Shopping can be a big part of the holiday season, especially in countries where there’s a cultural emphasis on finding gifts for friends and family. In the United States, “Black Friday” sales—in which items such as electronics and toys are steeply discounted—took place earlier than ever, and in some cases actually began on Thanksgiving Day. Record numbers of shoppers participated, and weekend sales were up 13 percent over last year.
Most people agree that rampant consumerism can be damaging, distracting us from spending time with family and nudging us to spend money on things we don’t really need. One response to the Black Friday shopping frenzy is Giving Tuesday, on which people and companies will be encouraged to make charitable donations in the spirit of strengthening communities. Movements like Giving Tuesday are a welcome antidote to consumerism -- but for those interested in looking at things from a spiritual perspective, it’s possible to respond in an even more profound way.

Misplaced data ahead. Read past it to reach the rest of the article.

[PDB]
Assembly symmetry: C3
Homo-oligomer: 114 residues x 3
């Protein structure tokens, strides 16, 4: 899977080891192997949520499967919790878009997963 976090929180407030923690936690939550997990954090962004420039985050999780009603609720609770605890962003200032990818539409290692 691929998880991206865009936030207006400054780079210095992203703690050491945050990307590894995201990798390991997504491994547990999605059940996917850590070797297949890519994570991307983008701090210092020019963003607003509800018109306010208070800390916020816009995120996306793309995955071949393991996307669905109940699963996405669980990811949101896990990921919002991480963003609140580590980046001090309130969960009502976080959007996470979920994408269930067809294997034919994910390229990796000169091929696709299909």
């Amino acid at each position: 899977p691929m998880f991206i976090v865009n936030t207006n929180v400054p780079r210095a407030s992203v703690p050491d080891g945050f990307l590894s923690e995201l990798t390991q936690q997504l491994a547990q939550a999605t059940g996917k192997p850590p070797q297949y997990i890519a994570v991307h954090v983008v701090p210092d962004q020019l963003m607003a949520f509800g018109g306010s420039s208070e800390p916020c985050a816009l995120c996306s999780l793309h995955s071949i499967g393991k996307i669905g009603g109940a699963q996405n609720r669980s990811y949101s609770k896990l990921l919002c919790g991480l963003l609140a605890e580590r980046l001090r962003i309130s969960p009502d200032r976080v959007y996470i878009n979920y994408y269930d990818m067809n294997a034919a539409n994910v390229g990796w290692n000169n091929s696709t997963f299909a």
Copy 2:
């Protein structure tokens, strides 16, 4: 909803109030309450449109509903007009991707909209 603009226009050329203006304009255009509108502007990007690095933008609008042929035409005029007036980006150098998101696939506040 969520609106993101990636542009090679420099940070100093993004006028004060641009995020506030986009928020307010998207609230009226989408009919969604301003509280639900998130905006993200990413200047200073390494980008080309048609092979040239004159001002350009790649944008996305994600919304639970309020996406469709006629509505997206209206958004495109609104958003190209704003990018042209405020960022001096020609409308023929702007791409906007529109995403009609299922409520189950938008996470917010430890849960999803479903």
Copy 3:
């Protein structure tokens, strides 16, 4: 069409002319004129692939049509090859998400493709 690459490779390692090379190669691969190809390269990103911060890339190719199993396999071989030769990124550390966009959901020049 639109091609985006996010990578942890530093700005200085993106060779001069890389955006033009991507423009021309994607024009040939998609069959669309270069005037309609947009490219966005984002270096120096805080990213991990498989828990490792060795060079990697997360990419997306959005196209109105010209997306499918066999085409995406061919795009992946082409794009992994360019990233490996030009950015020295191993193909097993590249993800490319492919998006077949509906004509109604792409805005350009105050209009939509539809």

When we take time for quiet prayer, we discover that it’s God -- not an acquisitive mindset -- that really sustains and refreshes us. Evan Mehlenbacher points out in “You aren’t what you buy” that where consumerism would have us look to material possessions as a measure of contentment or joy, we can instead recognize that God, Spirit, is providing us with everything we need.
“Thanks living and praise giving” discusses how the act of praising God can become a theme for our lives, not limited to just one day a year. As we “gain the altitude of praise … as we truly love, motivated by no concern for oneself in helping to lift the burdens of others,” we’ll find that Thanksgiving blessings bubble over and bless all areas of our lives. Giving thanks enables us to acknowledge and rejoice in everything that God has done and is doing.
In “Putting a stop to retail therapy,” Jodie Swales shares how humble prayer enabled her to break a habit of buying expensive items in an effort to feel good. As she focused more on her relationship with God, she discovered a deep sense of satisfaction that dissolved any tendency toward too much shopping.
You’ll also enjoy “User or consumer,” from the January 1980 issue of the Christian Science Journal, which illustrates without equivocation what spiritual supply is and what it can do in our lives. As we seek to honor God, first and foremost, we’ll find any emphasis on consumerism gently being replaced with a more satisfying spiritual basis from which to celebrate the holidays.